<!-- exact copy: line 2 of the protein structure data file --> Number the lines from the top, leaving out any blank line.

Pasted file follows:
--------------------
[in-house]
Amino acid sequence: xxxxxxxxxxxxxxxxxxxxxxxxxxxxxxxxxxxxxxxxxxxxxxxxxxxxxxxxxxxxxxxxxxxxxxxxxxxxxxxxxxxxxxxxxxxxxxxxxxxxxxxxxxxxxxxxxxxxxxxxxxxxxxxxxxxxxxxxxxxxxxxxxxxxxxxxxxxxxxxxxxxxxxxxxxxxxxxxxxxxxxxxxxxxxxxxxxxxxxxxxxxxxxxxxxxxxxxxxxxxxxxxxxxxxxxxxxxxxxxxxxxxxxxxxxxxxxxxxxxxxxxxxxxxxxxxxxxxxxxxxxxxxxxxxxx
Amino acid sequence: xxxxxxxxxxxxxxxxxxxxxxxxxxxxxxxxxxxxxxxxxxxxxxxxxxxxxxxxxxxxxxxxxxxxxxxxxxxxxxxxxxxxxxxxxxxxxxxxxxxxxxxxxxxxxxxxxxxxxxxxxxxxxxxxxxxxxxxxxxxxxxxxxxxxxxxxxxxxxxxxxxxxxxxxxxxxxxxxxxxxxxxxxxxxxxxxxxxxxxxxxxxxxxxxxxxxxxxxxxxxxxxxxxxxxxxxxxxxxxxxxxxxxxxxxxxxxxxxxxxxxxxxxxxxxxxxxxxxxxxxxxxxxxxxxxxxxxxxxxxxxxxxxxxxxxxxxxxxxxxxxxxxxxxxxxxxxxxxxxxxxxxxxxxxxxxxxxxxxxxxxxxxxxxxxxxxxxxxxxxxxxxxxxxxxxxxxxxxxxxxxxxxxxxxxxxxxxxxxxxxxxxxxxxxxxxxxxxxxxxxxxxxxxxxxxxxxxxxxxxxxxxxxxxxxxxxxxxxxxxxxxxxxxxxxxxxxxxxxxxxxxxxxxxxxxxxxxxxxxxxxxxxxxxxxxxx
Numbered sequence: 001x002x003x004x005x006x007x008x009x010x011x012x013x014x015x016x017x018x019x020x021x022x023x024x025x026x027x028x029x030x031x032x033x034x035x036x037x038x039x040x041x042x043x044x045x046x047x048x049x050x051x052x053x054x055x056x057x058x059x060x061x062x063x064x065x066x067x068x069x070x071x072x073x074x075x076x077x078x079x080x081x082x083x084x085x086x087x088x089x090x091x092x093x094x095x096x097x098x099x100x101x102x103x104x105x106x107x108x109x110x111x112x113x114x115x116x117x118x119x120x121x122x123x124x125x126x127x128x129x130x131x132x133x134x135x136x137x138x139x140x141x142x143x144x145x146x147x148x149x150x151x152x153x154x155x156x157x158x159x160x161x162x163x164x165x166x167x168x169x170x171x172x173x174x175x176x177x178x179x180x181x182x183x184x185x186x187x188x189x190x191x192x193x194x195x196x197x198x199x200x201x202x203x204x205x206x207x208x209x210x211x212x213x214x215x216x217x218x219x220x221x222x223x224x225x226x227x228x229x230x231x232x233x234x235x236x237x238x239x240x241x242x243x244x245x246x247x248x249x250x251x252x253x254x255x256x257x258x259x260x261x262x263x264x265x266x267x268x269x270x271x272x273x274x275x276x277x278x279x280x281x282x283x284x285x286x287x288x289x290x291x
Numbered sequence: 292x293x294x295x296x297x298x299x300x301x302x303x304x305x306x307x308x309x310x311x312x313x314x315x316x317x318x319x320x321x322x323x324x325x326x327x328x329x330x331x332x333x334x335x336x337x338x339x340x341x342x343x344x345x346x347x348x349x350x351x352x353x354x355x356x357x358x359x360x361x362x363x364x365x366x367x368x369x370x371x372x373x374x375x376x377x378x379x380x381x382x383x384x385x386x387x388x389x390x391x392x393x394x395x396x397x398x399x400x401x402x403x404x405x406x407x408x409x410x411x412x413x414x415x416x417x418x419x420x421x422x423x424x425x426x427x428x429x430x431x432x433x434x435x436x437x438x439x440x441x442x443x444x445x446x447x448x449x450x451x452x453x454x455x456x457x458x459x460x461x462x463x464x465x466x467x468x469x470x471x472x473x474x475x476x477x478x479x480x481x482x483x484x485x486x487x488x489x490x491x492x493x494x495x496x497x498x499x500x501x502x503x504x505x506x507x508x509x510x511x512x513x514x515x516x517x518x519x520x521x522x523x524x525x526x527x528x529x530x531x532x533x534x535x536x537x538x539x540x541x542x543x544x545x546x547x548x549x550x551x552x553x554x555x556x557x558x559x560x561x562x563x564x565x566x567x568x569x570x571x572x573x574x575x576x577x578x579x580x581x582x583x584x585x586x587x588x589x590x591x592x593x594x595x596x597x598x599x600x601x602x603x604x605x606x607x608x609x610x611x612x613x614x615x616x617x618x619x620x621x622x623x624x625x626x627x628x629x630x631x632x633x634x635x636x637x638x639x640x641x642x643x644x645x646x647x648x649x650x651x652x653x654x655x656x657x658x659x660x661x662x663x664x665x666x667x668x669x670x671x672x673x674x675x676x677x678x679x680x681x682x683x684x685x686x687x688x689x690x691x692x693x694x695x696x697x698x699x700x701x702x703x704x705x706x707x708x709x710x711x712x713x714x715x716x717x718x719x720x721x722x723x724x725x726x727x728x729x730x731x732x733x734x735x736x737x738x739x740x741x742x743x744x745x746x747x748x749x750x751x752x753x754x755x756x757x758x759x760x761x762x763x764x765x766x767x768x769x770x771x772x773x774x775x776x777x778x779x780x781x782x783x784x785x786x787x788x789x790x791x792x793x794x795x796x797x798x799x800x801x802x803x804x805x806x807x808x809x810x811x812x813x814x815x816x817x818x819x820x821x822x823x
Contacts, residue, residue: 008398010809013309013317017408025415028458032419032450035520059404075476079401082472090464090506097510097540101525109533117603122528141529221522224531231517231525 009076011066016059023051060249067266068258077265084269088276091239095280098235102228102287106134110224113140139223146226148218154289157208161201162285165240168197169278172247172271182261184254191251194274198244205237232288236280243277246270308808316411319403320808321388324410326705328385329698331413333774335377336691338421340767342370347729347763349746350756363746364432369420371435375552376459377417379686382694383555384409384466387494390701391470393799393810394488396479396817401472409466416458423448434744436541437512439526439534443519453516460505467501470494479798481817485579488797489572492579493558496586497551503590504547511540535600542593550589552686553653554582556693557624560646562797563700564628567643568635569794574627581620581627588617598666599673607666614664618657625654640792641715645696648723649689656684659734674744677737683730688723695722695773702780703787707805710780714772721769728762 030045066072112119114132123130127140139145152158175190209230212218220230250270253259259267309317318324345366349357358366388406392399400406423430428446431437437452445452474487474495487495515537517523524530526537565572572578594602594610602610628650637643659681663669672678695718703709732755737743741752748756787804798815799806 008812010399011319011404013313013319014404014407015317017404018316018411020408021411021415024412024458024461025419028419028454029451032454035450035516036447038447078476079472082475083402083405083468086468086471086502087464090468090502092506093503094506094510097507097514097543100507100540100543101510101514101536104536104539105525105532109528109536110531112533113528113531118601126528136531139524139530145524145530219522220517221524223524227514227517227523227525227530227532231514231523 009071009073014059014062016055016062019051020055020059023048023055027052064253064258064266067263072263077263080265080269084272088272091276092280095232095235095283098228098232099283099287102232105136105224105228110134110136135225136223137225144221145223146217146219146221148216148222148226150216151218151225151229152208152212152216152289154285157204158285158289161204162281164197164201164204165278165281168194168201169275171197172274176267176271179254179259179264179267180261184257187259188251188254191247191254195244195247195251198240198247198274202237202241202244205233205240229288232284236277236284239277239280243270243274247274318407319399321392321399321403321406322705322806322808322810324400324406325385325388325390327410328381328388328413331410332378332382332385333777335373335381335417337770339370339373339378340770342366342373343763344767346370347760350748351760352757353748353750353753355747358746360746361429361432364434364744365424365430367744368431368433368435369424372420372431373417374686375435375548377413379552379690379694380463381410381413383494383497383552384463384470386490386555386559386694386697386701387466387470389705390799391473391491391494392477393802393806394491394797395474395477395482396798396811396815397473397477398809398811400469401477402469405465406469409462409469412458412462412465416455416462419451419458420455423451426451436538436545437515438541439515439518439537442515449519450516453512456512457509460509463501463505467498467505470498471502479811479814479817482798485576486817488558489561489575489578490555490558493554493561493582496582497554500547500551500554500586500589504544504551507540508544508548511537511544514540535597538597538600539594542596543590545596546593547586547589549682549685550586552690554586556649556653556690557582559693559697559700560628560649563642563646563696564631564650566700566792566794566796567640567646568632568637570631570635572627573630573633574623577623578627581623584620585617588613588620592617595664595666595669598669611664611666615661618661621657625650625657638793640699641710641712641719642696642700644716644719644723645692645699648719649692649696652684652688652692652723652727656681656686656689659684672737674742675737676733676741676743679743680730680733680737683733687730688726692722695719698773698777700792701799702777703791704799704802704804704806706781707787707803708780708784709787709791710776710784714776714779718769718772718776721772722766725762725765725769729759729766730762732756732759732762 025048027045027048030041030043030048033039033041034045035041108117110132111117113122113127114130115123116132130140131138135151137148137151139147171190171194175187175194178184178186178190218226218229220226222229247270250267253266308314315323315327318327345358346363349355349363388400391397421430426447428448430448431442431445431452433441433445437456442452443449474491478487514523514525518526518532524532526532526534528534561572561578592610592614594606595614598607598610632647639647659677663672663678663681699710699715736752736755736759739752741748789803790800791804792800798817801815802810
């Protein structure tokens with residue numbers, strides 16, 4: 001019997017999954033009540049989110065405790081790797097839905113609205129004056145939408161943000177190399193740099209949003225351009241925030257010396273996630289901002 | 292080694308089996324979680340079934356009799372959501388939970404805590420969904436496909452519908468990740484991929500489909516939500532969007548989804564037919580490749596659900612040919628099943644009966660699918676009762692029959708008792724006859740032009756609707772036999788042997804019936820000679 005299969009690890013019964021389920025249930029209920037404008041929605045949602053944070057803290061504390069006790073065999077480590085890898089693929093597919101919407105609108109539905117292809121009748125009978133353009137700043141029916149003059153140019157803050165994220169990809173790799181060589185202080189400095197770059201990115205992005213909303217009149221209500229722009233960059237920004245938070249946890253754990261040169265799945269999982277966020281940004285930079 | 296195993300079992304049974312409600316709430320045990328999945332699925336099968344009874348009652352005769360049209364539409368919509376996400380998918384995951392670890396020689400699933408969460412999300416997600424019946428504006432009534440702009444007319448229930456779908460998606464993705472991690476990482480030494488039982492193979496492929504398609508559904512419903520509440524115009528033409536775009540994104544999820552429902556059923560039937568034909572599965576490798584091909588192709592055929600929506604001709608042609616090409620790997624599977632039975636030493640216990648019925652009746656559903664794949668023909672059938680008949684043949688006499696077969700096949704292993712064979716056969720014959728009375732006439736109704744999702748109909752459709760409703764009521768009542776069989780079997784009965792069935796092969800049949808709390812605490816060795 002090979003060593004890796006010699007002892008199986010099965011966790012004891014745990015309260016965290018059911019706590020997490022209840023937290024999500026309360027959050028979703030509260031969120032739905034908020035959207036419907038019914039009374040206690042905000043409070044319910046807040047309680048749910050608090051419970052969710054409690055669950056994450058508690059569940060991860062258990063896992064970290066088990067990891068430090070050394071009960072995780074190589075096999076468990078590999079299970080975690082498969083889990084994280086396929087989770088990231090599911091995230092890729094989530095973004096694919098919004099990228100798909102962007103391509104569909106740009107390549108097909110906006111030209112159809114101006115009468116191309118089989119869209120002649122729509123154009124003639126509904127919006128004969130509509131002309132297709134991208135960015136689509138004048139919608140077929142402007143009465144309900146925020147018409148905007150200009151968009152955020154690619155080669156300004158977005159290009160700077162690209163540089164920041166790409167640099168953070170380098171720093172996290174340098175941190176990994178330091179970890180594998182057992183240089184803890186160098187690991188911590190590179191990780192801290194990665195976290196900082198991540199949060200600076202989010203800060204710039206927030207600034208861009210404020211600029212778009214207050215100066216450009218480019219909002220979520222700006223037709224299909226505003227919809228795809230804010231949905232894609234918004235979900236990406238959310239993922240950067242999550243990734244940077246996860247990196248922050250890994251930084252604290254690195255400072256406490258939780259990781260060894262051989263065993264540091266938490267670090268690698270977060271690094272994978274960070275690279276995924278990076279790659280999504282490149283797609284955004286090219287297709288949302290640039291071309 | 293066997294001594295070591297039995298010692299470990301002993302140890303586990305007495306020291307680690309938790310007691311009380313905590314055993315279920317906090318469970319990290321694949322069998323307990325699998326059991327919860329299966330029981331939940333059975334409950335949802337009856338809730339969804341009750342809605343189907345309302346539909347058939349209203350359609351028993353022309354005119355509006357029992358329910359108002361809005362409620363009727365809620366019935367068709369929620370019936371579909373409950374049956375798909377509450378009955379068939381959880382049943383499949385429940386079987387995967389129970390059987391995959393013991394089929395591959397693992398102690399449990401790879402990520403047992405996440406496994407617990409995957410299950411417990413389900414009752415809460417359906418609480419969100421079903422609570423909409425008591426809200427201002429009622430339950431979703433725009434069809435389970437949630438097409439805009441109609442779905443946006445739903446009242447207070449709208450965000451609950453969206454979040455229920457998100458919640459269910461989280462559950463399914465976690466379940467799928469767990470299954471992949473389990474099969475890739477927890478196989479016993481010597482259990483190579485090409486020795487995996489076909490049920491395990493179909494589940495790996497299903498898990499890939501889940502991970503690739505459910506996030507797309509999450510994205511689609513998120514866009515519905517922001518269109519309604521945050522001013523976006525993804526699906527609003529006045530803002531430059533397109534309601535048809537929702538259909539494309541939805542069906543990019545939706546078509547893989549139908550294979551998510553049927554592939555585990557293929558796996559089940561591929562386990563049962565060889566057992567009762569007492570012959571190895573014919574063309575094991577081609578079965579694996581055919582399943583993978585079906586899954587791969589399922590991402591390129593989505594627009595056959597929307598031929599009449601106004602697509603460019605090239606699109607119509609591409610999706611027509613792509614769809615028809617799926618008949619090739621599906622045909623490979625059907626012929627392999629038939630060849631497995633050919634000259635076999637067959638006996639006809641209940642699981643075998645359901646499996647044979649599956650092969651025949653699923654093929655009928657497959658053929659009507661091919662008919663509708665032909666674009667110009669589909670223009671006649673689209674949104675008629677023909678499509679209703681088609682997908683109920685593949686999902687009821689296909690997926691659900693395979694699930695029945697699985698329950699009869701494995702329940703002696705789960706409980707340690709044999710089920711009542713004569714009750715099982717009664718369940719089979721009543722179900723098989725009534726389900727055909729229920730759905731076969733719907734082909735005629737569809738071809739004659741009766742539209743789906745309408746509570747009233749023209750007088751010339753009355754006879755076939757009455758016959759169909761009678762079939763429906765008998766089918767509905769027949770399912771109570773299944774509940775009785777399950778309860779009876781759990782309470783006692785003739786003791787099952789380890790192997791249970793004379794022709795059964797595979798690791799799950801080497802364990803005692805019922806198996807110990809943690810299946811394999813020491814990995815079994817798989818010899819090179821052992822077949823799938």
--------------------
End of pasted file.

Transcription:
Amino acid sequence: xxxxxxxxxxxxxxxxxxxxxxxxxxxxxxxxxxxxxxxxxxxxxxxxxxxxxxxxxxxxxxxxxxxxxxxxxxxxxxxxxxxxxxxxxxxxxxxxxxxxxxxxxxxxxxxxxxxxxxxxxxxxxxxxxxxxxxxxxxxxxxxxxxxxxxxxxxxxxxxxxxxxxxxxxxxxxxxxxxxxxxxxxxxxxxxxxxxxxxxxxxxxxxxxxxxxxxxxxxxxxxxxxxxxxxxxxxxxxxxxxxxxxxxxxxxxxxxxxxxxxxxxxxxxxxxxxxxxxxxxxxxxxxxxxxx